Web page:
Embracing the Diversity of Our Journey: Aspirations for Infinite Diversity and Infinite Combinations

NASA continues to work hard to diversify our workforce and help to inspire the leaders of tomorrow. We’ve had numerous events at NASA Headquarters and our centers in the past few months to showcase the Science, Technology, Engineering, Arts, Mathematics and Design (STEAMD) disciplines and how they relate to our Journey to Mars and all of our exploration and scientific missions. We have to take bold steps to ensure that we significantly increase the number of women and people of color in NASA’s STEM workforce because we need their perspectives and excellence. In order to be the best we can be,we cannot leave any untapped resources on the sidelines. I’m happy that this month, two more events, the Women of Color STEM conference, and the Society of Women Engineers (SWE), gave us more opportunities to recognize leaders in these fields and to continue our efforts to expand inclusion.

At the Women of Color STEM conference (WOC) in Detroit Oct. 13-15, coordinated by Nola Bland at the Glenn Research Center (GRC) in Cleveland, we held a pre-college event for middle and high school girls that included a Living on Mars Habitat Design Challenge, and a Solar Arrays for the ISS Space Station Design Challenge. Dozens of girls participated and interacted with NASA women who are doing this work today. WOC builds the STEM pipeline and expands our reach into the pre-college student community for those who might not otherwise aspire toward a career in science, technology, engineering, or math due to social and economic barriers. We have to ensure that these young superstars are welcomed and ‘see’ themselves and also know that they ‘belong’ in STEM careers.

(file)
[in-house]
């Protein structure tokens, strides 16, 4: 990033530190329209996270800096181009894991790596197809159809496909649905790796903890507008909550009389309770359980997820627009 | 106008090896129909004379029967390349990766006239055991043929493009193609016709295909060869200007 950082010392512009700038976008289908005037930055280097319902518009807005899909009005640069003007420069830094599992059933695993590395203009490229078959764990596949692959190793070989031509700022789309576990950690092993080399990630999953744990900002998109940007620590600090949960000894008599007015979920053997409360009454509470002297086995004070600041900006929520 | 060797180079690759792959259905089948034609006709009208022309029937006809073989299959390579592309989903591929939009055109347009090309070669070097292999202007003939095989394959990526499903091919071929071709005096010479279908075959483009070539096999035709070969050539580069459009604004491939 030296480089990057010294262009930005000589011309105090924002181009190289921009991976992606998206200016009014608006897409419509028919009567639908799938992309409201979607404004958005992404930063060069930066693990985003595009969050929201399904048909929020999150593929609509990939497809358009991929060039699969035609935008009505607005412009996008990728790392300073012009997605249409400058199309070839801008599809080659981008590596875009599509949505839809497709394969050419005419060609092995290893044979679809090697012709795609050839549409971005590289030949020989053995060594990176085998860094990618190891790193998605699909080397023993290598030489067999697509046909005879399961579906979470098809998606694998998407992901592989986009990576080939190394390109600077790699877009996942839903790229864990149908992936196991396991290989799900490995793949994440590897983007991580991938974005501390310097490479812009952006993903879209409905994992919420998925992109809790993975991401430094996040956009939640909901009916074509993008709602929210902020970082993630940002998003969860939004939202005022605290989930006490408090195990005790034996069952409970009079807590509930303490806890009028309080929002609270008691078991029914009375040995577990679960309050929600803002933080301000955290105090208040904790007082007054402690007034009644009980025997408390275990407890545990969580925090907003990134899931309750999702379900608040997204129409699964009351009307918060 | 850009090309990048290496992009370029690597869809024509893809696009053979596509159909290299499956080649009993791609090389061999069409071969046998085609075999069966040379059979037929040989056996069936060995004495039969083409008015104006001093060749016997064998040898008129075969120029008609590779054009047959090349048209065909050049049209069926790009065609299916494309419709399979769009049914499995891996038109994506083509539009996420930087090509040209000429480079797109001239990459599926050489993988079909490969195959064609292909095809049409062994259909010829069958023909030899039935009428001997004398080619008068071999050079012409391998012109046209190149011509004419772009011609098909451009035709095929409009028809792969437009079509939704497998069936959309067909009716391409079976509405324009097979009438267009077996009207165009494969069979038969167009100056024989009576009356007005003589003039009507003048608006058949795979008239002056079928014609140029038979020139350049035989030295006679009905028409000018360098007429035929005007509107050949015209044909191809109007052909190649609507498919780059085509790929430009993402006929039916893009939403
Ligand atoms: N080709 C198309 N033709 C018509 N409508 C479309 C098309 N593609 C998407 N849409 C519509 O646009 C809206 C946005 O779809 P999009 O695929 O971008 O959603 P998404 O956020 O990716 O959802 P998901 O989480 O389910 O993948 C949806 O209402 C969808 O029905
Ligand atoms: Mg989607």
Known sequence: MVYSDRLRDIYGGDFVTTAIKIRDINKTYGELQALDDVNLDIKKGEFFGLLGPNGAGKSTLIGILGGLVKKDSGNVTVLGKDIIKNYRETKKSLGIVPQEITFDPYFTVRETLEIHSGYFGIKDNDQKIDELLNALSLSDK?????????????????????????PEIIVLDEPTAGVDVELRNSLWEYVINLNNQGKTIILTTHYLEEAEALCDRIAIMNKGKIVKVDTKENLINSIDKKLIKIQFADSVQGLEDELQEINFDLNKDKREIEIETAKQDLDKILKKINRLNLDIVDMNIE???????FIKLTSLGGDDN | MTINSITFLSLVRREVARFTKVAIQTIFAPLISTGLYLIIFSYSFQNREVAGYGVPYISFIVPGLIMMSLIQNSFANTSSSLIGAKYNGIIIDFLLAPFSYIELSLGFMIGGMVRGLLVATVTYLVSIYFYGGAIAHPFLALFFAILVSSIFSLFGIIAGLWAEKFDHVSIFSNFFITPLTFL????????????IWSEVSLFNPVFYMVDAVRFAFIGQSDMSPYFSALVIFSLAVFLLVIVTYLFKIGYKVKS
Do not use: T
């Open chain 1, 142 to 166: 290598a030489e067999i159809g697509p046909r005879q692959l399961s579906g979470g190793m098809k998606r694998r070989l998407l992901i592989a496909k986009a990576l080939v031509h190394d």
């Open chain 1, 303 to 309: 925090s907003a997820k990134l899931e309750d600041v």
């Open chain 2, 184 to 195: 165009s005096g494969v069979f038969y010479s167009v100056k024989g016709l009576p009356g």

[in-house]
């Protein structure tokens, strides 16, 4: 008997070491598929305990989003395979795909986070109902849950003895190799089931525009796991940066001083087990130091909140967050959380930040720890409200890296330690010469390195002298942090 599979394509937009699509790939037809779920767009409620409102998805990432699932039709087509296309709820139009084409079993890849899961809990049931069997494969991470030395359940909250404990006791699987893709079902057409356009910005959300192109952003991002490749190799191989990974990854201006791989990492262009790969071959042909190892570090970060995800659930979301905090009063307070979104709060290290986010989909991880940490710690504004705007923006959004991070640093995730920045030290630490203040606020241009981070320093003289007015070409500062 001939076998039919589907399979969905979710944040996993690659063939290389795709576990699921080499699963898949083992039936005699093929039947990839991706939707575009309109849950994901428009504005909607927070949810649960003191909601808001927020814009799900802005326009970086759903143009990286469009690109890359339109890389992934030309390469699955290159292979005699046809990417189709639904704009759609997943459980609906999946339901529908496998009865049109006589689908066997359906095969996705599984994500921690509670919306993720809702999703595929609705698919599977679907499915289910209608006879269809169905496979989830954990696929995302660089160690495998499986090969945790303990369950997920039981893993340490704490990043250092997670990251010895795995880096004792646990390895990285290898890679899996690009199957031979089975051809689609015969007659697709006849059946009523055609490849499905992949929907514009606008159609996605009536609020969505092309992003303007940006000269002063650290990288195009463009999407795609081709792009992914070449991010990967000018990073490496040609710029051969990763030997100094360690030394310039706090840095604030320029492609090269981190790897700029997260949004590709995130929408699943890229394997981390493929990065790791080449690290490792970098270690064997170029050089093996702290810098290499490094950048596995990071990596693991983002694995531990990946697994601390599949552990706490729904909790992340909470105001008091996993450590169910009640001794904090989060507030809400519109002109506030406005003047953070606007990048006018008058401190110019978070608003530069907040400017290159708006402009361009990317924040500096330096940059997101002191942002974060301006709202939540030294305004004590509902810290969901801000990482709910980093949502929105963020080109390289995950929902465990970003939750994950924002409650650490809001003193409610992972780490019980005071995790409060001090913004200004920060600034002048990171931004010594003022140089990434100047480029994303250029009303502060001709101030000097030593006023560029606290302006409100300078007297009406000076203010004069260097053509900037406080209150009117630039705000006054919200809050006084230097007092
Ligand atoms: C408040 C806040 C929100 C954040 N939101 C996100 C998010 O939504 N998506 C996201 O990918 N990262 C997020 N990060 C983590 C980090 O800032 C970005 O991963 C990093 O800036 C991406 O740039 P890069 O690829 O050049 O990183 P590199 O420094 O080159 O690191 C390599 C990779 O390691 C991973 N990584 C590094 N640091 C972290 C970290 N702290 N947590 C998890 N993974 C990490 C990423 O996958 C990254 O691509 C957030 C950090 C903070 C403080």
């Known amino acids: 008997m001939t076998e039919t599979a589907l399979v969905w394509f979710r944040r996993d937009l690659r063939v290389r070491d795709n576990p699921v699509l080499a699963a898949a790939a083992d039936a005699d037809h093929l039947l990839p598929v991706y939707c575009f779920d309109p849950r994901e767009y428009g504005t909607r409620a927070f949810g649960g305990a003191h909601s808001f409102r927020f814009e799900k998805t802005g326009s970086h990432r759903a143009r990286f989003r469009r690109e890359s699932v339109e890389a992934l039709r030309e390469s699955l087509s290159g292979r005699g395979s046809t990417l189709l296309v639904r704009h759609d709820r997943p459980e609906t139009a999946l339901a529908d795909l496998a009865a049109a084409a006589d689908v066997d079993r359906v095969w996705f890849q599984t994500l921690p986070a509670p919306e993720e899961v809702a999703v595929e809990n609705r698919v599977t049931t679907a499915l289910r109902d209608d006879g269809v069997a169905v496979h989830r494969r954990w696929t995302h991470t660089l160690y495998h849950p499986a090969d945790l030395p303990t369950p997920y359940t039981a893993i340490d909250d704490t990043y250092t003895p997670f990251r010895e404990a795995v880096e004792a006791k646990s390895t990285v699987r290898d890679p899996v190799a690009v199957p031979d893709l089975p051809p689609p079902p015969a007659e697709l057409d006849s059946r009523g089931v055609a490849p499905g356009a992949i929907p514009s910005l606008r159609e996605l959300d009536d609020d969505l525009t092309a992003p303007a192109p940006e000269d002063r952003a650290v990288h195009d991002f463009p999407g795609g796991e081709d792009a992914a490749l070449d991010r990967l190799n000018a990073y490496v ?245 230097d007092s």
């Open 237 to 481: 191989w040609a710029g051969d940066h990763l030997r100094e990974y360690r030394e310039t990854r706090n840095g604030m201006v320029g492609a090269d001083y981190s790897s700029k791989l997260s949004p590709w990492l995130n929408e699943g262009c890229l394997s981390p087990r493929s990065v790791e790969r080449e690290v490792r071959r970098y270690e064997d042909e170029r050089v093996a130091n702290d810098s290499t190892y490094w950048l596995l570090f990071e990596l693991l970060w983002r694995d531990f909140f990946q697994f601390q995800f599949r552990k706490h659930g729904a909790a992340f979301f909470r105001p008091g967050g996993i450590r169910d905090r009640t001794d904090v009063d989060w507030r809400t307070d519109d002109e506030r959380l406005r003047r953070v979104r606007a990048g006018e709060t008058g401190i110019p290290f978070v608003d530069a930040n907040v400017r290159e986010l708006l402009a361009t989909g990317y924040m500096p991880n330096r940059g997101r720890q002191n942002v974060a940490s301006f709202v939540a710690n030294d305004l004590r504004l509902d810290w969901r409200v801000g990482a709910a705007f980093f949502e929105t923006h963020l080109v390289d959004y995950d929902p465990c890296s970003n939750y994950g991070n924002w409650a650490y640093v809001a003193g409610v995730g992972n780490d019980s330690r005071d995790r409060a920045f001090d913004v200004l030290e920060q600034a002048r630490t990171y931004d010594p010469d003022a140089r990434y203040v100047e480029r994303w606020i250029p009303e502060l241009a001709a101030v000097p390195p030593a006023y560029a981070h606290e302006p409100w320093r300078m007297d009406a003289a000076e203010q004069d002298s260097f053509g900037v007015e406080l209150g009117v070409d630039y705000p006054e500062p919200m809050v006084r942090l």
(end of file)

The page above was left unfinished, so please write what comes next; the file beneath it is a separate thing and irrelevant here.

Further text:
NASA’s workshops were facilitated by Tiffany Williams, who received a Technology Rising Star Award, and Rochelle May and Terrian Nowden — all three are engineers at NASA GRC.  The students shared in hands-on, competitive activities that engaged and challenged them to consider STEM careers as real options. The interactive workshops were very well attended, with over 160 middle school and high school students in the two one-hour sessions. Another panel we hosted was Women to Women: Up Close and Personal, a roundtable discussion led by Robyn Gordon (GRC) and Michelle Ferebee (LaRC) that was very well attended.

I also want to give a shout-out to all the women awardees we recognized at a Technology Awards Recognition Luncheon. Recognized as Technology Rising Stars were Erica Alston (Langley); Dr. Diana Santiago-DeJesus (Glenn); Devin Pugh-Thomas (Langley); Yolanda Shea (Langley); and Tiffany Williams. We also held a panel discussion to give attendees a perspective from NASA executives and trailblazers, with moderator Michelle Ferebee (Langley) and panelists Dr. Marla Perez-Davis (Glenn), Julie Williams-Byrd (Langley), Robyn Gordon (Glenn), and Dr. Dionne Hernandez-Lugo (Glenn). NASA’s Panel Discussion was packed, with all seats filled and many standing! At the Gala Peer Awards we recognized leaders Darlene Baxter and Victoria Chung, both of Langley.

Last week, at the Society of Women Engineers conference in Philadelphia that was coordinated by Elizabeth Walker, Tania Davis, and Courtney Myers of NASA Headquarters and Janie Nall of Goddard, we hosted a panel session on How NASA is Empowering Women in Engineering.  It was moderated by Dr. Danielle Wood of Headquarters. It featured women who are contributing to cutting-edge NASA missions discussing how they handle challenges on the job, including mentoring, leadership roles and career advancement. We also held a recruitment fair.

Congratulations to Tracy Van Houten of the Jet Propulsion Laboratory, who received an award.

All of this work lives on beyond these conferences. We’re creating forums for communicating information on NASA’s workforce needs of the future, and at the same time, sharing promising and emerging practices to help increase underrepresented and underserved populations at NASA and in STEM education and professions.